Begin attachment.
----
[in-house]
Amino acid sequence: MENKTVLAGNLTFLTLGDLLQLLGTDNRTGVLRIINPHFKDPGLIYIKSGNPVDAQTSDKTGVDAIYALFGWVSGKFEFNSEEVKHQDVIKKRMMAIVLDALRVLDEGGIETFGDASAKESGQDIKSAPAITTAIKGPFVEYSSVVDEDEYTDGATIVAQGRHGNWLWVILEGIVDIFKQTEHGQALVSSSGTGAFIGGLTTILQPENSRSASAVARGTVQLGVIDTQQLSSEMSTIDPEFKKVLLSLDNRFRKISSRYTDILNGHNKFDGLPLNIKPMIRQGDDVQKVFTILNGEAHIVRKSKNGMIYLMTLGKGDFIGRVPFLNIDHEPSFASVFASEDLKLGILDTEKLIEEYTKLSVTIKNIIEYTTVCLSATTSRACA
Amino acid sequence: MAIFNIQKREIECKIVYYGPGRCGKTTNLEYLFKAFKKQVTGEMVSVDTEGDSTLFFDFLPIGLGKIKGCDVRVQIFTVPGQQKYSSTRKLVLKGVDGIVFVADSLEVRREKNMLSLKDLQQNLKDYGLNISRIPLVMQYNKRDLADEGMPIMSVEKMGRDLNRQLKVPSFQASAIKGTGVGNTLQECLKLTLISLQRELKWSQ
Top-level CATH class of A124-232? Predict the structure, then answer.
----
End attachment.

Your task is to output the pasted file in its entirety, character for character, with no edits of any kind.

[in-house]
Amino acid sequence: MENKTVLAGNLTFLTLGDLLQLLGTDNRTGVLRIINPHFKDPGLIYIKSGNPVDAQTSDKTGVDAIYALFGWVSGKFEFNSEEVKHQDVIKKRMMAIVLDALRVLDEGGIETFGDASAKESGQDIKSAPAITTAIKGPFVEYSSVVDEDEYTDGATIVAQGRHGNWLWVILEGIVDIFKQTEHGQALVSSSGTGAFIGGLTTILQPENSRSASAVARGTVQLGVIDTQQLSSEMSTIDPEFKKVLLSLDNRFRKISSRYTDILNGHNKFDGLPLNIKPMIRQGDDVQKVFTILNGEAHIVRKSKNGMIYLMTLGKGDFIGRVPFLNIDHEPSFASVFASEDLKLGILDTEKLIEEYTKLSVTIKNIIEYTTVCLSATTSRACA
Amino acid sequence: MAIFNIQKREIECKIVYYGPGRCGKTTNLEYLFKAFKKQVTGEMVSVDTEGDSTLFFDFLPIGLGKIKGCDVRVQIFTVPGQQKYSSTRKLVLKGVDGIVFVADSLEVRREKNMLSLKDLQQNLKDYGLNISRIPLVMQYNKRDLADEGMPIMSVEKMGRDLNRQLKVPSFQASAIKGTGVGNTLQECLKLTLISLQRELKWSQ
Top-level CATH class of A124-232? Predict the structure, then answer.